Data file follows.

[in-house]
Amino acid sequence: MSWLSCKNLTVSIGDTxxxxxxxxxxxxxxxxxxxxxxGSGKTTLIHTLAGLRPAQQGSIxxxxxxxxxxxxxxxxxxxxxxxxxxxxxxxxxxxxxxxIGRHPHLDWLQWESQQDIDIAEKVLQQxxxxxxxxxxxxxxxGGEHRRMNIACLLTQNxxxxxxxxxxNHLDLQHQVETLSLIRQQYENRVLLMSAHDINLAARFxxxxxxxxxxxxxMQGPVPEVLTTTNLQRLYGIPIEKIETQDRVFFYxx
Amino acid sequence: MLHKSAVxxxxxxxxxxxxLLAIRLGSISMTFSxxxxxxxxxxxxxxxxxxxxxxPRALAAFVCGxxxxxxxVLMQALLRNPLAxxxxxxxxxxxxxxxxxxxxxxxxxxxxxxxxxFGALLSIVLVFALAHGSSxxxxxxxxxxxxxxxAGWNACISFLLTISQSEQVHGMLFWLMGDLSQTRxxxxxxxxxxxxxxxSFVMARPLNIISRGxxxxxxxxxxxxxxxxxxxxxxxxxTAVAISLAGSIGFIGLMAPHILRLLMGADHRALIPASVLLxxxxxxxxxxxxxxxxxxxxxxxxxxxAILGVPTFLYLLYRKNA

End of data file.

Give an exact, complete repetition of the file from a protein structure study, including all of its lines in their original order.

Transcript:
[in-house]
Amino acid sequence: MSWLSCKNLTVSIGDTxxxxxxxxxxxxxxxxxxxxxxGSGKTTLIHTLAGLRPAQQGSIxxxxxxxxxxxxxxxxxxxxxxxxxxxxxxxxxxxxxxxIGRHPHLDWLQWESQQDIDIAEKVLQQxxxxxxxxxxxxxxxGGEHRRMNIACLLTQNxxxxxxxxxxNHLDLQHQVETLSLIRQQYENRVLLMSAHDINLAARFxxxxxxxxxxxxxMQGPVPEVLTTTNLQRLYGIPIEKIETQDRVFFYxx
Amino acid sequence: MLHKSAVxxxxxxxxxxxxLLAIRLGSISMTFSxxxxxxxxxxxxxxxxxxxxxxPRALAAFVCGxxxxxxxVLMQALLRNPLAxxxxxxxxxxxxxxxxxxxxxxxxxxxxxxxxxFGALLSIVLVFALAHGSSxxxxxxxxxxxxxxxAGWNACISFLLTISQSEQVHGMLFWLMGDLSQTRxxxxxxxxxxxxxxxSFVMARPLNIISRGxxxxxxxxxxxxxxxxxxxxxxxxxTAVAISLAGSIGFIGLMAPHILRLLMGADHRALIPASVLLxxxxxxxxxxxxxxxxxxxxxxxxxxxAILGVPTFLYLLYRKNA